Often combined with Semaglutide regimens, AOD 9604 is known to promote fat breakdown, inhibit lipogenesis, and support tendons and cartilage. However, most recently, it has gained popularity due to its ability to boost metabolism and aid in burning fat.
What sets AOD 9604 apart is that it stimulates the pituitary gland without affecting tissue growth or blood sugar levels. Additionally, it can burn fat without causing overeating, making it a viable option for obese men and women who are trying to implement better eating habits.
Interestingly, AOD 9604 activates your body's fat-burning processes without requiring an HGH receptor. It also releases obese fat cells and reduces the accumulation of new fat cells. By helping to regulate blood sugar and manage insulin levels, AOD 9604 is excellent for weight loss but also for other maladies like inflammation.
Some conditions that this powerful peptide can help address include the following:
This medical weight loss supplement Is technically a combo of two peptides. These substances work by stimulating your pituitary gland to produce more of your body's natural human growth hormone, which is secreted during both waking and sleeping periods.
This results in increased protein synthesis and levels of insulin-like growth factors. As hormone secretagogues, they help release hormones into circulation while mimicking the pituitary gland's production. Extensive research has been conducted on the effects of CJC 1295 and Ipamorelin. As a tool for medical weight loss, it has shown very promising results.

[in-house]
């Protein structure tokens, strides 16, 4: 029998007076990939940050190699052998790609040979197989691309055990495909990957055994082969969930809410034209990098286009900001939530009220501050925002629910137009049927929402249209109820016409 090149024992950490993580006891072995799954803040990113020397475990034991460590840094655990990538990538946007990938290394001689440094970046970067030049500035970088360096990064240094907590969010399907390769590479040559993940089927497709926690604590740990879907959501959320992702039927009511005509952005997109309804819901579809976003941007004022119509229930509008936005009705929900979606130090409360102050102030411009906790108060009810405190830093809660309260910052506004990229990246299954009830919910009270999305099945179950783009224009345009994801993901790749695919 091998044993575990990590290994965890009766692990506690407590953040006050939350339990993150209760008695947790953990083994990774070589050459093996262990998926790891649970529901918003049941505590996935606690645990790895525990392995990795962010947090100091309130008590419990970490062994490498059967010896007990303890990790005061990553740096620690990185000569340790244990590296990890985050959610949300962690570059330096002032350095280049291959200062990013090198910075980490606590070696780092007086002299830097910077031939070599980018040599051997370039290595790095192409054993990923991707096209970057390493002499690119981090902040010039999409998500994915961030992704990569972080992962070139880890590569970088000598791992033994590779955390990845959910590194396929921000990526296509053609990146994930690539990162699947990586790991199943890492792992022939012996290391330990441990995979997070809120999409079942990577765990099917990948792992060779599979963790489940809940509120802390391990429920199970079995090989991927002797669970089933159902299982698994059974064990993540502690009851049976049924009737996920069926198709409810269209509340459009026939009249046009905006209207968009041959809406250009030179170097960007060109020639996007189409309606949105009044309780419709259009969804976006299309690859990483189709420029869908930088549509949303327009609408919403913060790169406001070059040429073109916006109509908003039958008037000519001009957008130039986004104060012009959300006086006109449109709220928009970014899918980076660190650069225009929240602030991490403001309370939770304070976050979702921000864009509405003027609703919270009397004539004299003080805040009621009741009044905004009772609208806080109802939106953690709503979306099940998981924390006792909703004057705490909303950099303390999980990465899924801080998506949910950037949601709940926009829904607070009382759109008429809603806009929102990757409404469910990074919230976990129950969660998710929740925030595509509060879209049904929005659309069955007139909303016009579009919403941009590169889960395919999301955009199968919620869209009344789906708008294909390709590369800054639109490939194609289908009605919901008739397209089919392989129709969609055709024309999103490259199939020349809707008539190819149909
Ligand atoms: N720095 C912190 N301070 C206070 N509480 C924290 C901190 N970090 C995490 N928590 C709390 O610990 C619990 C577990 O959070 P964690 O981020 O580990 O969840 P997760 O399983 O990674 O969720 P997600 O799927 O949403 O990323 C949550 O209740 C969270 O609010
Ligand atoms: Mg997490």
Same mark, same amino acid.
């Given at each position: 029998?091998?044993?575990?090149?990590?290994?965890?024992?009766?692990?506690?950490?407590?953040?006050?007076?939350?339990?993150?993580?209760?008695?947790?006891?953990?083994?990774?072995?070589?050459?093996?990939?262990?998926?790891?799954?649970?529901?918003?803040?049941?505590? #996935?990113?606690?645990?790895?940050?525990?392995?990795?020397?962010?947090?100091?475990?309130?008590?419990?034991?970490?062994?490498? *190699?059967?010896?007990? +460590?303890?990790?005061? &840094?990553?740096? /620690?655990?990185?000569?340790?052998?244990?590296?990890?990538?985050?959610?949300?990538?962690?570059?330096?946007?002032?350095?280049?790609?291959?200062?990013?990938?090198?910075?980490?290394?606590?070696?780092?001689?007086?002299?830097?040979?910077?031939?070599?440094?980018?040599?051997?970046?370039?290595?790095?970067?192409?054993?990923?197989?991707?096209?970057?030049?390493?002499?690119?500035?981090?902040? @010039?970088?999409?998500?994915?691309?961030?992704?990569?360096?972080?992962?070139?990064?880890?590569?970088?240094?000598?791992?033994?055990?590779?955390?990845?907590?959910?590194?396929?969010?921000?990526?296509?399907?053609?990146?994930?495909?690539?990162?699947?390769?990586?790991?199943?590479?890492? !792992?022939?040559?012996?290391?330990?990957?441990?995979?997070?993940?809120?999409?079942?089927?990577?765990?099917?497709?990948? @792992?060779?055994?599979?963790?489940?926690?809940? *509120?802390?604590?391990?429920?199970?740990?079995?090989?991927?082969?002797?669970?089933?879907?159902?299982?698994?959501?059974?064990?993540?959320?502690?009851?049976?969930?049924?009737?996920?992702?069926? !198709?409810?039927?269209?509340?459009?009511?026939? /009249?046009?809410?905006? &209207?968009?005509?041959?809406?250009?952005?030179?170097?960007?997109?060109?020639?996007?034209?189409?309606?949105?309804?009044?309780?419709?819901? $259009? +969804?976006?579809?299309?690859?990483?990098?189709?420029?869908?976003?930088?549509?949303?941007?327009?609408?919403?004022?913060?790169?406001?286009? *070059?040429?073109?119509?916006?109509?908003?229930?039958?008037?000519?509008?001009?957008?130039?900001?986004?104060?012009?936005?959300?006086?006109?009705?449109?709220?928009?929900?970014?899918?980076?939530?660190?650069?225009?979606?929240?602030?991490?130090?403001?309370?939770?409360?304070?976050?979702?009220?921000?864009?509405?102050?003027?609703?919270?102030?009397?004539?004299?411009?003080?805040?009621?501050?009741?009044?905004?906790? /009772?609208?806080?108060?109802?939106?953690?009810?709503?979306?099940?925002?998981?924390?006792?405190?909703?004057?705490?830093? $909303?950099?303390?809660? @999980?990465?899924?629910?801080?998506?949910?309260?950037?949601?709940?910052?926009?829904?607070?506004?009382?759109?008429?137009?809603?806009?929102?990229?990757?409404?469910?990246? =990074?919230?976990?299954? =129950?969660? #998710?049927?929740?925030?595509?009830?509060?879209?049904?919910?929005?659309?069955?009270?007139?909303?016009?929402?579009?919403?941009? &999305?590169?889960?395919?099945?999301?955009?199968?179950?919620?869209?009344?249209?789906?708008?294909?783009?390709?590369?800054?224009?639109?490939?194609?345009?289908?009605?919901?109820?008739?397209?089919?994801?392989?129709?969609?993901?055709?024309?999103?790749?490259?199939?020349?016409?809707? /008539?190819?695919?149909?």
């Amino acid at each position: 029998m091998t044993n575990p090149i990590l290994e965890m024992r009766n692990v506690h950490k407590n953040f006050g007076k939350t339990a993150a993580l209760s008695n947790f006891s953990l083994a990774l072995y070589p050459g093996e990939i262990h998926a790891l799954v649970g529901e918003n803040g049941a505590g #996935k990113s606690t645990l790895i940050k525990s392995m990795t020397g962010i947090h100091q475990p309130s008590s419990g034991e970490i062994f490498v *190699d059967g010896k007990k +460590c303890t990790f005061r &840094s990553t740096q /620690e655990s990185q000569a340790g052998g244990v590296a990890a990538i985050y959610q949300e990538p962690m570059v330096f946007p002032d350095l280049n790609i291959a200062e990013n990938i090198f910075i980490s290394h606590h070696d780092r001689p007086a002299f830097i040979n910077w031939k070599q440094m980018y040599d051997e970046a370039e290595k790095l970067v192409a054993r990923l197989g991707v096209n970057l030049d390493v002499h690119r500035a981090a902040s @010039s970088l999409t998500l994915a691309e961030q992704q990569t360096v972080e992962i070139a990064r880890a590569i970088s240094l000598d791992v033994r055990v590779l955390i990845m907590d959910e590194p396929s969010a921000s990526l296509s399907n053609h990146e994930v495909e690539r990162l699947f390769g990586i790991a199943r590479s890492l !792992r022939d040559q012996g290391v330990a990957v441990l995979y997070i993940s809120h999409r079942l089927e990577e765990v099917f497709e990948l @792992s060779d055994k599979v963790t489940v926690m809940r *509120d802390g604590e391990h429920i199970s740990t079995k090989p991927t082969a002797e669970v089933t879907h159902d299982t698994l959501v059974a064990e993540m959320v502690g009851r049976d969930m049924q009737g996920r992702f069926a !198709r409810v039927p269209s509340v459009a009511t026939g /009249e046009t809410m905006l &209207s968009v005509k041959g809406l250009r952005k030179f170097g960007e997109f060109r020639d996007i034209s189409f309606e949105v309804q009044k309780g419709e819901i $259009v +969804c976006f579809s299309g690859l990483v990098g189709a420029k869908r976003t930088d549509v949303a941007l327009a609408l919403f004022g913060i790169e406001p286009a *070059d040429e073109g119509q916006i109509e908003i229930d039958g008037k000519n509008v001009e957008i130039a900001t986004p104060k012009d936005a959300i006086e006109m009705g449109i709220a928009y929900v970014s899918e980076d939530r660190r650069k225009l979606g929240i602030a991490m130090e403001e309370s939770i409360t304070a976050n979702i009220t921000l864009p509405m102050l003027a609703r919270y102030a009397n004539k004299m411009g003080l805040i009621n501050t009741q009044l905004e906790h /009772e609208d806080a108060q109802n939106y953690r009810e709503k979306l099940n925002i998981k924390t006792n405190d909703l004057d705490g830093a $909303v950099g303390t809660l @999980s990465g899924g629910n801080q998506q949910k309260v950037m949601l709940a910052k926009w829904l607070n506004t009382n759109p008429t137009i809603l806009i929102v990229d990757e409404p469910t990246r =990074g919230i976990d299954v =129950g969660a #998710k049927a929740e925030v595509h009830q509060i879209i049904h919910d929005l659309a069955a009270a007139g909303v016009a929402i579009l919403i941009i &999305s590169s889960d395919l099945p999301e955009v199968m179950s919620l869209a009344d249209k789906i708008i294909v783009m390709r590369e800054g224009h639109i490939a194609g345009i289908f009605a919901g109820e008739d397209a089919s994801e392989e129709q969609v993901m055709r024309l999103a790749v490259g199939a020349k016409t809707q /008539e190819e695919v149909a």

That's because when growth hormone levels increase, nutrients are transported through the body faster, more fat is burned, and weight management becomes simpler. Additionally, because CJC 1295 and Ipamorelin increase the amount of growth hormone in your body, it stimulates the breakdown of triglycerides in adipocytes, leading to improved fat metabolism and reduced abdominal fat.
Benefits of CJC 1295 and Ipamorelin for weight loss include:
A Methionine Inositol Choline (MIC) injection is a mixture of lipotropics that aid in fat breakdown. The key components - methionine, inositol, and choline - work together to metabolize fat cells and eliminate stored fat deposits in the liver and body. Methionine is an important amino acid, inositol contributes to proper cell formation, and choline is a water-soluble nutrient that promotes healthy liver function. When combined, these compounds may help reduce body fat.
When used in conjunction with a medical weight loss plan from Global Life Rejuvenation, MIC injections can be a powerful addition to reclaiming your health and wellbeing.Request Appointment
Like other weight loss peptides and medicines on this page, Phentermine can help you lose weight when you stick to a medical weight loss plan that includes dieting, exercise, and smart life choices. It does so by reducing your appetite, which limits the number of calories you eat every day.
As is the case with Semaglutide, Phentermine has been approved by the FDA and is supported by clinical studies that show it can support weight loss. With time, patience, and healthy living, this supplement may help you reach your wellness goals sooner than you thought possible.Request Appointment
In the body, 7-keto-DHEA is produced from dehydroepiandrosterone (DHEA), which is a hormone made by glands near your kidneys. However, unlike DHEA, 7-keto-DHEA is not converted into androgen and estrogen in your body. Instead, 7-keto-DHEA is used orally or topically to boost your body's metabolism. It also helps convert more of your energy into heat, instead of storing it in your body as fat, which can accumulate with time and lifestyle choices.
Much like Semaglutide treatment in Mount Olive, NJ, 7-keto-DHEA has been shown to be very effective for weight loss as well as a host of other issues. Additional benefits of taking 7-keto-DHEA may include the following:
Have you tried everything under the sun to try and eliminate the cellulite on your legs, arms, and other areas of your body? If you're like most people, getting rid of cellulite isn't just difficult - it's nearly impossible. Fortunately, those days are over. Lipo Sculpt Cream from Global Life Rejuvenation can help reduce the unsightly appearance of cellulite while also refining your figure and firming up your skin.